Visualizing and Editing GIS data with SVG for Internet and Mobile Users

Keywords: SVG, GML, GIS, Web Mapping

Ida K.L. Cheung
Research Student
Department of Land Surveying and Geo-Informatics, The Hong Kong Polytechnic University
Hung Hom, Kowloon,
Hong Kong
China
ida.cheung@polyu.edu.hk

Biography

Ida Cheung graduated from the Department of Land Surveying and Geo-informatics of the Hong Kong Polytechnic University in 2000. She has been worked in GIS field for 3 years. Currently she is a MPhil. student in the Department of Land Surveying and Geo-informatics.

Geoffrey Y.K. Shea
Senior Lecturer
Department of Land Surveying and Geo-Informatics, The Hong Kong Polytechnic University
Hung Hom, Kowloon,
Hong Kong
China
geoffrey.shea@polyu.edu.hk
http://www.lsgi.polyu.edu.hk/staff/Geoffrey.Shea/index-IE.htm

Biography

Geoffrey Shea graduated from the Department of Civil Engineering in the National Cheng Kung University, Taiwan. He joined the Hong Kong Polytechnic in 1988, and is now a Senior Lecturer in the Department of Land Surveying and Geo-Informatics. Internet computing especially on Web Mapping and spatial database handling are the main research interests of Geoffrey. He is currently pursing a part-time Ph.D. study on adaptive mobile GIS.


Abstract


The main objective of this research is to develop efficient algorithms of editing geographic data online and in mobile devices. We are using a new GIS standard, GML incoperated with SVG. As GML is not for data display, SVG is an ideal vector graphic for displaying geographic data. GML sets at the backend to store and transport data and on the other side SVG sets on front end to render and display geographic data. They not only can visualize geographic data on the web, but also give the possibility to edit geographic data online. The research explores whether using GML and SVG is a good method to intergrate web-based mapping information in terms of data modelling, spatial data presentation represertation mechanism and spatial data editing capability. Especially in Internet and wireless environment, whether using SVG gives a significant improvement of bandwidth, speed, access and reliability.

In order to test the capability of displaying and editing geographic data, a prototype is built. It aims to investigate the capability of GML and SVG and develop a corresponding data modeling and system in order to overcome or improve the existing limitation on online graphic presentation and data editing functions. It focuses on online map editing function which is still not well developed function over existing web mapping system and examines specific problems and approaches in using SVG as a user interface for editing geographic data online.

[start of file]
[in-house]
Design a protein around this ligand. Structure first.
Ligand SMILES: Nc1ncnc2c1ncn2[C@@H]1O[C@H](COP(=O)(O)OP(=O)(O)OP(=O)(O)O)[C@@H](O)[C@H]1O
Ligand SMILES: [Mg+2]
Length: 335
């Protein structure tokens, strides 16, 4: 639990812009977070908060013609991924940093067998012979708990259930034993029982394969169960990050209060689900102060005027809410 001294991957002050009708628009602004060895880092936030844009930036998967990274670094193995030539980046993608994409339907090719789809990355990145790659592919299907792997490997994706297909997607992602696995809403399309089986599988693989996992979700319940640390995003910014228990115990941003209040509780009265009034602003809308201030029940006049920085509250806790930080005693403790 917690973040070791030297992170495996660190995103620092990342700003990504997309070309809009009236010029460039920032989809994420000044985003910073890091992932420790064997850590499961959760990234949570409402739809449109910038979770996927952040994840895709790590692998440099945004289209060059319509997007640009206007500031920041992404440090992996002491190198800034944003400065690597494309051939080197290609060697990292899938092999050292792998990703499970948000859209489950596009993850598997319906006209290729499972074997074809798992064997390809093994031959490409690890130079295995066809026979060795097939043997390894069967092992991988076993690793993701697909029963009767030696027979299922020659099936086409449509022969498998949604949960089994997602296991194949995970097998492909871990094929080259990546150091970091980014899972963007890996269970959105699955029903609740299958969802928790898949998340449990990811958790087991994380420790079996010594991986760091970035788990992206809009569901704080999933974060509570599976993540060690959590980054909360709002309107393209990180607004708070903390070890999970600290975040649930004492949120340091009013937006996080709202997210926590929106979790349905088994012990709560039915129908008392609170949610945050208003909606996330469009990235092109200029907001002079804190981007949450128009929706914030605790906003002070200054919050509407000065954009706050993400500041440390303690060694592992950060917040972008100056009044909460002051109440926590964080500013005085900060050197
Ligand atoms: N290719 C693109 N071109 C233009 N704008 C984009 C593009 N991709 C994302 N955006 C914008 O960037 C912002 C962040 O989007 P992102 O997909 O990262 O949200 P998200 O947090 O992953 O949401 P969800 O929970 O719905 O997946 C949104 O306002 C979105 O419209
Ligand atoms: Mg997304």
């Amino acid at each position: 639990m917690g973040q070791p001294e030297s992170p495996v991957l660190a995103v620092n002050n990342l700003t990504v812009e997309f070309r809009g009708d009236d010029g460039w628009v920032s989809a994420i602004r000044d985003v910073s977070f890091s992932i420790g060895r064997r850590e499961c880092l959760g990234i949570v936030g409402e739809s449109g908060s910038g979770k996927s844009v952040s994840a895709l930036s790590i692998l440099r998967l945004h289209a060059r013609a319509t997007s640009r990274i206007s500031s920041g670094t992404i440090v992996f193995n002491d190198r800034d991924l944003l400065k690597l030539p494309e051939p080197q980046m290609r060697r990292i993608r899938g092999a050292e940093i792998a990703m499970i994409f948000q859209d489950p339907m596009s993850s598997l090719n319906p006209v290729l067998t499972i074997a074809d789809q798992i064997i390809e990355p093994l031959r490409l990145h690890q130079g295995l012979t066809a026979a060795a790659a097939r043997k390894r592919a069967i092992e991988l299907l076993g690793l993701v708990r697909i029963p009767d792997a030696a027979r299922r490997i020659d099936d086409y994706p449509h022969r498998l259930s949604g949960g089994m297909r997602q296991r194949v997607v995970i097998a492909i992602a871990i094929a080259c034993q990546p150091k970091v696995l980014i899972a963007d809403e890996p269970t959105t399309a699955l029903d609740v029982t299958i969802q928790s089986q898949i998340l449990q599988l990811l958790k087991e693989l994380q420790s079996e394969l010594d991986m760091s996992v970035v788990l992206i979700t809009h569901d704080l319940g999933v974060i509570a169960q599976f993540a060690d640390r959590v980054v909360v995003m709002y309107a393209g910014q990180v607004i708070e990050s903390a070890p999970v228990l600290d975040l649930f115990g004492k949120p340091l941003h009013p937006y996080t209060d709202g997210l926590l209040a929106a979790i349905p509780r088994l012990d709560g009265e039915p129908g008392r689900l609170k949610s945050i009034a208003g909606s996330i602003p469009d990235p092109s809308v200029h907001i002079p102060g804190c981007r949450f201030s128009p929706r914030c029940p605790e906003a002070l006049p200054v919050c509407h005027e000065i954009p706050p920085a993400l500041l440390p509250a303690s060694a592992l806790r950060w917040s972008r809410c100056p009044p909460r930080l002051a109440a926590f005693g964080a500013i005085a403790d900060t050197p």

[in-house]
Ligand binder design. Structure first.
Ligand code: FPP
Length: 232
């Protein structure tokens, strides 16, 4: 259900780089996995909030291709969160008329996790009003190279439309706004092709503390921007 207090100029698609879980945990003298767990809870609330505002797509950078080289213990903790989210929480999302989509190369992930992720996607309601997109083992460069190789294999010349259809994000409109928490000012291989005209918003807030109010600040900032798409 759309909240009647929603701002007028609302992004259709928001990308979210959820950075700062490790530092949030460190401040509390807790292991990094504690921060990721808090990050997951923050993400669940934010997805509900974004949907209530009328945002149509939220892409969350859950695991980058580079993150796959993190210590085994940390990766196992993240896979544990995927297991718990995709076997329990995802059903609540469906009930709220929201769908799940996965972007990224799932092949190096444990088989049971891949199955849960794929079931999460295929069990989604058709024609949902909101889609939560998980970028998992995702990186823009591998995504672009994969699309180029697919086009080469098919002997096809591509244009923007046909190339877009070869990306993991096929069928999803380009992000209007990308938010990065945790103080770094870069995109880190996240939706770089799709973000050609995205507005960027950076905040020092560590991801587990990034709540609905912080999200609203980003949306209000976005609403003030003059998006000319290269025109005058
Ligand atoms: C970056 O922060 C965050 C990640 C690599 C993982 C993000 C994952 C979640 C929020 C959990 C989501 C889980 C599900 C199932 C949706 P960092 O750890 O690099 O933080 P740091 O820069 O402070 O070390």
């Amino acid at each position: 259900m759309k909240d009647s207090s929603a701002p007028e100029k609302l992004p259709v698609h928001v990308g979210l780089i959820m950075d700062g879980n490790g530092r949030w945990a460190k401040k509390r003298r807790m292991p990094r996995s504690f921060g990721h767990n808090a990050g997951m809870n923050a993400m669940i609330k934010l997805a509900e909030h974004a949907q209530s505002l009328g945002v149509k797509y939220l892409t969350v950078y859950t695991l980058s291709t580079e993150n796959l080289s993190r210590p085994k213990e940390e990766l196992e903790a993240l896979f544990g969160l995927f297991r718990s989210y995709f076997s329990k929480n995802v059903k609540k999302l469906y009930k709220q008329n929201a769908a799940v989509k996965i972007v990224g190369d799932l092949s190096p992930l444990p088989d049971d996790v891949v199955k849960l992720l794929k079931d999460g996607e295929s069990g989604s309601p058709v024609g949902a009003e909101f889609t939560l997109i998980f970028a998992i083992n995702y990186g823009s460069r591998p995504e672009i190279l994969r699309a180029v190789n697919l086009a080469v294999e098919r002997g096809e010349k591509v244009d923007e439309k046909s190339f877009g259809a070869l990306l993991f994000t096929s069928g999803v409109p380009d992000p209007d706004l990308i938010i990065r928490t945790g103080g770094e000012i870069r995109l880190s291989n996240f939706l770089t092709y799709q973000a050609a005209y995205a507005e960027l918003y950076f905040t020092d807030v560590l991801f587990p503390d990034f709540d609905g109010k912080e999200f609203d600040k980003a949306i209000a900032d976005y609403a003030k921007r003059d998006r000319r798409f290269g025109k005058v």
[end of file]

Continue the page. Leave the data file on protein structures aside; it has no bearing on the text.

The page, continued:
Table of Contents


1. Introduction
2. GIS Data Visualization in SVG
3. GIS data in GML
4. Methodology for implementation
     4.1 Development of data model and design algorithms
     4.2 GML data Generation
     4.3 Application Schema Generation
     4.4 XSL stylesheet Generation
     4.5 Design algorithms for editing function
     4.6 Development and evaluation of a prototype
5. Conclusions
Acknowledgements
Bibliography

1. Introduction

The widespread availability of World Wide Web gives the opportunities for delivering maps over the Internet as well as small mobile devices. The sharing of spatial data through Internet is important to promote interoperability of spatial data. Interoperability implies that there is some common concept on which information exchange and integration is based. [Vckovski 1999]

There were over 30 different Web mapping software packages or solutions provided by different GIS vendors. Most popular Web Mapping packages are ESRI ArcIMS, Autodesk MapGuide, GeoMedia WebMap server, and MapInfo MapXtreme [Peng 2003] .They all have their own proprietary data formats and different customized programming languages. Some of them render images such as GIF and JPEG but these raster data cannot be selected, changed styling or zoomed in for more detail. In term of vector data, different data formats restrict the integration of data for applications and analyses. Moreover, different data formats support different spatial models. For instance, a particular GIS format support complex spatial model whereas another merely support simple feature model. It is difficult to share data between disparate Internet systems over a wide area network.

In application level, the proprietary Web mapping applications are limited to their own corporate networks and developing languages. The vendor-based on-line spatial services and clients means that systems are neither interoperating with systems on the data level, nor the application level.